Technical rehearsals

PAPER TECH – Participants: Director, Lighting Designer,  Sound Designer,  Costume Designer (if needed, especially with crucial quick costume changes) Technical Director, Stage Manager.

What Needs to be done:  Discussion and annotation of every cue in the show.  Director describes to lighting, set, costume, sound designer what s/he aesthetically wants to have happen in the cue.  As an example:  “in this cue, lights slowly fade in the room stage left, maybe a ten count, music starts, in the background, as soon as the light cue is called, builds with the scenery changing stage right.  Actors leave stage left for quick costume change, while characters walk in as soon as the light rises on stage right.  Fade music with actor’s first line.”  This is a very important meeting.  None of these discussions need occur when the technical crew or actors are around.  Planning and foreseeing problems are what this meeting is for.

Goal:  Cues are marked (in pencil), show conventions are establish (as an example, director and lighting designer decide that all blackouts are really “blue-outs” for scene changes, or all “fade to black” cues will not be bump counts, but 1 second fades)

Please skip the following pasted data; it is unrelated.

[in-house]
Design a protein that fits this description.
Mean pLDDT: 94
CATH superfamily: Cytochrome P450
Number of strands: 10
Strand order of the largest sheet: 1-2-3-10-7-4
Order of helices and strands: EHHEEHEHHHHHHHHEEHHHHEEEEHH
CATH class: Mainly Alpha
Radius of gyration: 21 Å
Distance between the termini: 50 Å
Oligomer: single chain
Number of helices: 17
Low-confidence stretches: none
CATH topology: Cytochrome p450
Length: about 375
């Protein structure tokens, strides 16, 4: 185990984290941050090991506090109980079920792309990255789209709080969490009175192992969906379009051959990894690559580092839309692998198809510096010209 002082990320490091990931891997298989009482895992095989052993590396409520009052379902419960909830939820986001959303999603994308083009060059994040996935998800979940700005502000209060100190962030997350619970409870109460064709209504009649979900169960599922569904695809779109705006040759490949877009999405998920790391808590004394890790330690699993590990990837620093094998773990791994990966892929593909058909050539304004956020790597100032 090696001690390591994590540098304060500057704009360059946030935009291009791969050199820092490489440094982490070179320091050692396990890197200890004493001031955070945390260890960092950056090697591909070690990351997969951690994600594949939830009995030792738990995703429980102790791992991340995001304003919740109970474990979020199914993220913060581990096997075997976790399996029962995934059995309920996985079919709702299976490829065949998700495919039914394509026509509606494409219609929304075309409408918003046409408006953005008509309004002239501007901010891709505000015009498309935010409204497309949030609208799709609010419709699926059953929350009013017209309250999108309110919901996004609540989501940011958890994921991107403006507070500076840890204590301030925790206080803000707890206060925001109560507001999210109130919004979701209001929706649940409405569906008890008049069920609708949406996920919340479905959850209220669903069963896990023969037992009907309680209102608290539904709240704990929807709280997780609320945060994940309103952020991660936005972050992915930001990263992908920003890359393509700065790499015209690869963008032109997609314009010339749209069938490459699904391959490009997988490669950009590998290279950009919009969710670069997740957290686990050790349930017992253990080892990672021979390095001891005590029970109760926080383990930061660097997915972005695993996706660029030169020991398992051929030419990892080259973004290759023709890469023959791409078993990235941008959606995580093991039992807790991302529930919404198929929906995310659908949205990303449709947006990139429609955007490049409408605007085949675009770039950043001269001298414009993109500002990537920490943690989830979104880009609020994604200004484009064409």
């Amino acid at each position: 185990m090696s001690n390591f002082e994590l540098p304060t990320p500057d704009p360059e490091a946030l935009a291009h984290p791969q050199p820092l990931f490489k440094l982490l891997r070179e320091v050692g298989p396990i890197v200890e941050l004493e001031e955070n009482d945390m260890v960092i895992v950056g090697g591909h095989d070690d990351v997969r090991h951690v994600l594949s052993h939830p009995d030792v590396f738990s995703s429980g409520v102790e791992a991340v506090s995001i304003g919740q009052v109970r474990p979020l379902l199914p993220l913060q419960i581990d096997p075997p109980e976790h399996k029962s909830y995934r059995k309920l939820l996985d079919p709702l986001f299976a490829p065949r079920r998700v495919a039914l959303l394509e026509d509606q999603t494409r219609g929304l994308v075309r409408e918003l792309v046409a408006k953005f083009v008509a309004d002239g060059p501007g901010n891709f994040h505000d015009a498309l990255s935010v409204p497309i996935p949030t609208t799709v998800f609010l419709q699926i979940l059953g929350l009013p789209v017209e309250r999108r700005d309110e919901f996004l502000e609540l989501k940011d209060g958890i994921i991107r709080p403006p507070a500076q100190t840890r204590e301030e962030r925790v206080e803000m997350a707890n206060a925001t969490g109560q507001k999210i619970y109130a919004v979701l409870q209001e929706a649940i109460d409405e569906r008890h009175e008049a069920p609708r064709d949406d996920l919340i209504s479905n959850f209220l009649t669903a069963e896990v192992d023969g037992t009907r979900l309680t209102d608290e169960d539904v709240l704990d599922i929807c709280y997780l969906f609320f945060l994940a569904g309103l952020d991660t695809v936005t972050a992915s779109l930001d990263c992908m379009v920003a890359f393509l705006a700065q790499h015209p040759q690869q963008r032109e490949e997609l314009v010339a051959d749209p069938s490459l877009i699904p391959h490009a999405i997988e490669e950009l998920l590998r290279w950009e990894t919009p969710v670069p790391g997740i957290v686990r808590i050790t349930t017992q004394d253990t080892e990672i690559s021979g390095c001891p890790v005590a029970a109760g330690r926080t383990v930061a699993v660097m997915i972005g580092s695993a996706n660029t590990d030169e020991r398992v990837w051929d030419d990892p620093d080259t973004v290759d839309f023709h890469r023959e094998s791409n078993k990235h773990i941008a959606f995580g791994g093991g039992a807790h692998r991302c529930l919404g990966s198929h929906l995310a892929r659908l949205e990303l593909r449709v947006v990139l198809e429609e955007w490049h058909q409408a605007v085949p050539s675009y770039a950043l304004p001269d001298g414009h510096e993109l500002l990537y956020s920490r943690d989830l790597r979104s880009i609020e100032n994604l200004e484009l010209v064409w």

DRY TECH – Participants: Director, Lighting Designer, Sound Designer, Costume Designer (if needed, especially with crucial quick costume changes) Technical Director, Stage Manager and technical crew. 

What Needs to be done:  This should be where theory becomes reality.  Help yourself out as Director and lighting designer by deciding early on various “looks” that reoccur in the script, so that you can come back to those if they are repeated.  Some examples – early morning though the stage right window, noontime, late evening/moonlight.  Put in you light counts/cues but only in pencil, as things change with actors.  It doesn’t hurt to have costumes draped in areas of the set to get a feel for how lights would look on them.  Have an actor walk through the light cues with you, and reward him/her well.  It is wise to encourage actors to be a part of Dry Tech if their schedules allow.  This may be the only time they actually “see” the show, and fully appreciate how technical theatre works!

Goal:  All marked cues are rehearsed, listened to, and viewed at least once.  All set changes involving tech crew are rehearsed.


WET TECH – Dry tech with Actors.  If you’ve done your previous techs well, and anticipated problems, this should flow well.  Allow at least triple your play run time for this rehearsal.  One hard fast rule – this is not a rehearsal for directors and actors!  It is about adjustments in blocking due to lighting “marks”, adjustment of voice and sound levels, but not about line delivery and motivation.
No actors should wear white or light colored clothing unless specified by the script.

What Needs to be done:  This rehearsal is for set changes, actors finding their light, costume changes that are technical in nature (wigs, trick costumes, on stage costume changes, offstage quick costume changes) sound cues timed with lines and set changes. 

Goal:  A free flowing technical show, where cast and crew get to rehearse with lights and sound, balance of sound and speaking voices.  Safety is always your main concern, especially with scene changes, often done in the dark.



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